Alarming numbers of teachers are leaving Hawaii. The reason: They can't afford to live here
HONOLULU (HawaiiNewsNow) - Hawaii's high cost of living is spurring Hawaii teachers to quit their jobs at an alarming rate.
Employment reports from the state Department of Education show 411 teachers resigned and left Hawaii during the 2016-2017 school year.
That's up from 266 in 2012-2013.
The increase doesn't surprise Carrie Rose, a special education teacher at Waialua Elementary School, who is getting ready to move to Colorado.
"It's been a hard decision to make. I love what I do, I love the people I work with, and I have great staff and administration," she said. "But providing my kids with a quality of life in Hawaii is just becoming harder and harder each year."
Rose says she always dreamed of raising her family in Hawaii. But on a teacher's salary, she says it's extremely difficult.
"It's sad that if I want to stay here, I have to choose something other than teaching," she said. "And I don't want to choose something other than teaching because that's my passion. That's what I'm meant to do."
The 34-year-old mother of two says she's moving to Colorado Springs for another teaching job, even if it comes with a pay cut.
"When you compare the cost of living, the average median home price in Colorado Springs is about $250,000. And with the position I just took, I don't pay anything for my medical," Rose said.
Corey Rosenlee, president of the Hawaii State Teachers Association, says the latest DOE statistics are startling.
In a presentation to the Board of Education on Thursday, he said:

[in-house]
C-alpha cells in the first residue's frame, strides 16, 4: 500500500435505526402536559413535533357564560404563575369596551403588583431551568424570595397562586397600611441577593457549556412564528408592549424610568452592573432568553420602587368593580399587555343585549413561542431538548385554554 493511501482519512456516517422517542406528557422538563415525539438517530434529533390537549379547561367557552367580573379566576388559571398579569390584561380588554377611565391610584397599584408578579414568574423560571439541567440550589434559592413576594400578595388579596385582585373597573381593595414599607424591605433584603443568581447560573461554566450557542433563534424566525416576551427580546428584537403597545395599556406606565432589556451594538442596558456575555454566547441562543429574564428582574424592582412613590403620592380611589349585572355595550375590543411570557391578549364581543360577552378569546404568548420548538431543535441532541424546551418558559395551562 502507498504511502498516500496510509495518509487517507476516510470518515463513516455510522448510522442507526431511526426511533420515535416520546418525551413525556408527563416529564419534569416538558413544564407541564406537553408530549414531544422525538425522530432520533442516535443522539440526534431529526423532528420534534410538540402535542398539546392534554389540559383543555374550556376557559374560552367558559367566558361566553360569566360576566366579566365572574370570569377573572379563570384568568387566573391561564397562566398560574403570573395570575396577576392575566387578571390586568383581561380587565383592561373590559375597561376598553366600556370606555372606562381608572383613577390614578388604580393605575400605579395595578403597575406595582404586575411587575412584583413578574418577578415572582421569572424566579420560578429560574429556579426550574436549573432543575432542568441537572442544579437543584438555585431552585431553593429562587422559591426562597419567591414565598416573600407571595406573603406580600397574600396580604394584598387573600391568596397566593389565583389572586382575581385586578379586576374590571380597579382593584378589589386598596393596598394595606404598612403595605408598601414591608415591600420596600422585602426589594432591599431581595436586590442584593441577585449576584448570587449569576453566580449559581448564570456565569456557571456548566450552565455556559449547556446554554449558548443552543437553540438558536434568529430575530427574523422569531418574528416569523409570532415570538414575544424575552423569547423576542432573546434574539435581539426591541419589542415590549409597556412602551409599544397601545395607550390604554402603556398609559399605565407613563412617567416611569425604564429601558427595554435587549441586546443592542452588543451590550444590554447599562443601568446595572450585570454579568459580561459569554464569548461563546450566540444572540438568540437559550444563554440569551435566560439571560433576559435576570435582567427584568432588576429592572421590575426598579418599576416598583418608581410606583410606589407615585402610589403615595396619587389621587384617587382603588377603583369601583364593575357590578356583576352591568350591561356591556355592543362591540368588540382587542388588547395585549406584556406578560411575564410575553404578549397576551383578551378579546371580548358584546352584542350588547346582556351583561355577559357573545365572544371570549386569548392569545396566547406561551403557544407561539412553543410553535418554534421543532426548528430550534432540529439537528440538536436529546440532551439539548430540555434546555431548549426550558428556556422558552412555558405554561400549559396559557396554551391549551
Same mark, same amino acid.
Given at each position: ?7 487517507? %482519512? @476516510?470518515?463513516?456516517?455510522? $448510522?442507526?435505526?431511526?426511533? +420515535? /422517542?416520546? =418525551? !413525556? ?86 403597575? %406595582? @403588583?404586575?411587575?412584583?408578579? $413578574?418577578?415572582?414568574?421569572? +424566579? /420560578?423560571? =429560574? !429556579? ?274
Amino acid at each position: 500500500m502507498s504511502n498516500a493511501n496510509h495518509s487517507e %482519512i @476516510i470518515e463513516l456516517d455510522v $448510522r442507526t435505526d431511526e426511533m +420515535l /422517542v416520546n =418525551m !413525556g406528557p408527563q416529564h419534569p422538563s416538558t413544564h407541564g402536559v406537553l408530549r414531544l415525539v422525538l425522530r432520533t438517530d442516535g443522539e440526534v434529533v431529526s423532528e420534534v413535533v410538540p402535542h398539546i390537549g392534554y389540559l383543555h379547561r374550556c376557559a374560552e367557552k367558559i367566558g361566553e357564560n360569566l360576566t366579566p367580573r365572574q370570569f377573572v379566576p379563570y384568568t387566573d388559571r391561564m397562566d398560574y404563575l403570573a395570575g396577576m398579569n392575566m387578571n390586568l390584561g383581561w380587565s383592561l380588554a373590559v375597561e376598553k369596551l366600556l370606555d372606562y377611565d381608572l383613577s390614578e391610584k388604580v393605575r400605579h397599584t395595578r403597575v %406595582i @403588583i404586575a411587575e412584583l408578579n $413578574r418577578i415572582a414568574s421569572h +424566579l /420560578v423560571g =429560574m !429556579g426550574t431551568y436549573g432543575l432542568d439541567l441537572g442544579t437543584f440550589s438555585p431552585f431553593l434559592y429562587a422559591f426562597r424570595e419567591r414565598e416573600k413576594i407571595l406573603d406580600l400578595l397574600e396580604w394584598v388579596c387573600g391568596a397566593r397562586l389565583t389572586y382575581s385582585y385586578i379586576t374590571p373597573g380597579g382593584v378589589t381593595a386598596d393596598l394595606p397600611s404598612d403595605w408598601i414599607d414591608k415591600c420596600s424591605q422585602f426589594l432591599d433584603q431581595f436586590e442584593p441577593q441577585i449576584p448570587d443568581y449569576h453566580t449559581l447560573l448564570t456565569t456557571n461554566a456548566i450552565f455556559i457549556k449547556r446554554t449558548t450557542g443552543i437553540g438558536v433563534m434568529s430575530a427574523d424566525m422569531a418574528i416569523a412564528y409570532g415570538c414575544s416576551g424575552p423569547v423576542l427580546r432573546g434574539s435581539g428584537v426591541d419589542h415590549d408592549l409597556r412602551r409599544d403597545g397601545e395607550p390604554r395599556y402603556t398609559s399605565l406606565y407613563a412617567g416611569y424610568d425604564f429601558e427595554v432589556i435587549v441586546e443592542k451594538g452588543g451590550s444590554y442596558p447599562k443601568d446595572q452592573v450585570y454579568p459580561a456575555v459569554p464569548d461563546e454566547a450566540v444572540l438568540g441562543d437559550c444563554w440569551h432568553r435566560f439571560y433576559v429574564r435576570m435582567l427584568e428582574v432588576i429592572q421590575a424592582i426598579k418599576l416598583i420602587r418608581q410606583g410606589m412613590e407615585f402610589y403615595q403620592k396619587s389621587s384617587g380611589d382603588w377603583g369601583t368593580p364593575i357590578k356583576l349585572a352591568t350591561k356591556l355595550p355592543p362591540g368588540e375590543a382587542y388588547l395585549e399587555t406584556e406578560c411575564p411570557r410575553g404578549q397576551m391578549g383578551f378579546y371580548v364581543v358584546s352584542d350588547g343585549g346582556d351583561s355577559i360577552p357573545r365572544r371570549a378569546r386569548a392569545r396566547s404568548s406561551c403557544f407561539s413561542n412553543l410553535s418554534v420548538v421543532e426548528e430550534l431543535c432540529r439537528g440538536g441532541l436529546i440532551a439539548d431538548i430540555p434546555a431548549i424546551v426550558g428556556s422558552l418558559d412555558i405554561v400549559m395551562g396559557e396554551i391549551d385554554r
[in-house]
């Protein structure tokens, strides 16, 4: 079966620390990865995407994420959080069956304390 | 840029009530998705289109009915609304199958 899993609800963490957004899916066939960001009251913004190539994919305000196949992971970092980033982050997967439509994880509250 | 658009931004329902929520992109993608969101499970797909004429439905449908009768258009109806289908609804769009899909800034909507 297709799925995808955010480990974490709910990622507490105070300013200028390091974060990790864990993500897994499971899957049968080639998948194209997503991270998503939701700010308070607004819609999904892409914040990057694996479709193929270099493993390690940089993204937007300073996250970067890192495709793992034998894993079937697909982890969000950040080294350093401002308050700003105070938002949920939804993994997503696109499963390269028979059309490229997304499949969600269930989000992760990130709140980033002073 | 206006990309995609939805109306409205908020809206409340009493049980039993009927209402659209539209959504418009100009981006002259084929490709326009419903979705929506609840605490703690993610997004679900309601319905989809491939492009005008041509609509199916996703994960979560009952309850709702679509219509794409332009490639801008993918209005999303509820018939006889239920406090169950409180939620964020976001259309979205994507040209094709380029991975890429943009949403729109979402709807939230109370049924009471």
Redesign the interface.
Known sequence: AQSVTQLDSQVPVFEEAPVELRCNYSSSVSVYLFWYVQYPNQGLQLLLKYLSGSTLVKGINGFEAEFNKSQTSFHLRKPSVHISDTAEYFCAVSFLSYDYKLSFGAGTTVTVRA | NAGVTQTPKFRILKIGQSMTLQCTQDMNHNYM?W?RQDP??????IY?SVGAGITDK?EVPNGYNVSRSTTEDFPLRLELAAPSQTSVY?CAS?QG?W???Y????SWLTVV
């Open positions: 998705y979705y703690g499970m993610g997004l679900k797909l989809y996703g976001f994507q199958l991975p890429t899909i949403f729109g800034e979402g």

- Teacher vacancies are up 51 percent from 2011.
- The number of unlicensed teachers who don't meet state qualifications rose 63 percent from 2011.
- The number of in-state education program graduates dropped 29 percent from 2010.
"We have over 1,000 positions in Hawaii that are unfilled. There is no longer any position in Hawaii where we do not have a shortage," Rosenlee said.
Education officials say they have started putting together a five-year plan to help recruit and keep teachers in Hawaii.
One idea is to start inspiring future teachers at an earlier age.
"Introducing the middle school age students to what's it like to be a teacher, why is it great, and expose them earlier," said Cindy Covell, DOE's assistant superintendent of talent management. "We're really looking at the pipeline from early, to in-college, to post-college, so you can come work as a teacher in Hawaii."
But Rosenlee says the state has to find a way to increase teacher salaries and offer more incentives before the trend gets much worse.
"It always comes back to funding. We have these great ideas, it's the implementation that kills us," Rosenlee said.
Come November, HSTA hopes voters will approve a constitutional amendment that would tax residential investment properties to help fund public education. The proposal is opposed by the counties who rely on property taxes, as well as the real estate industry, which says it could raise rents for local residents.
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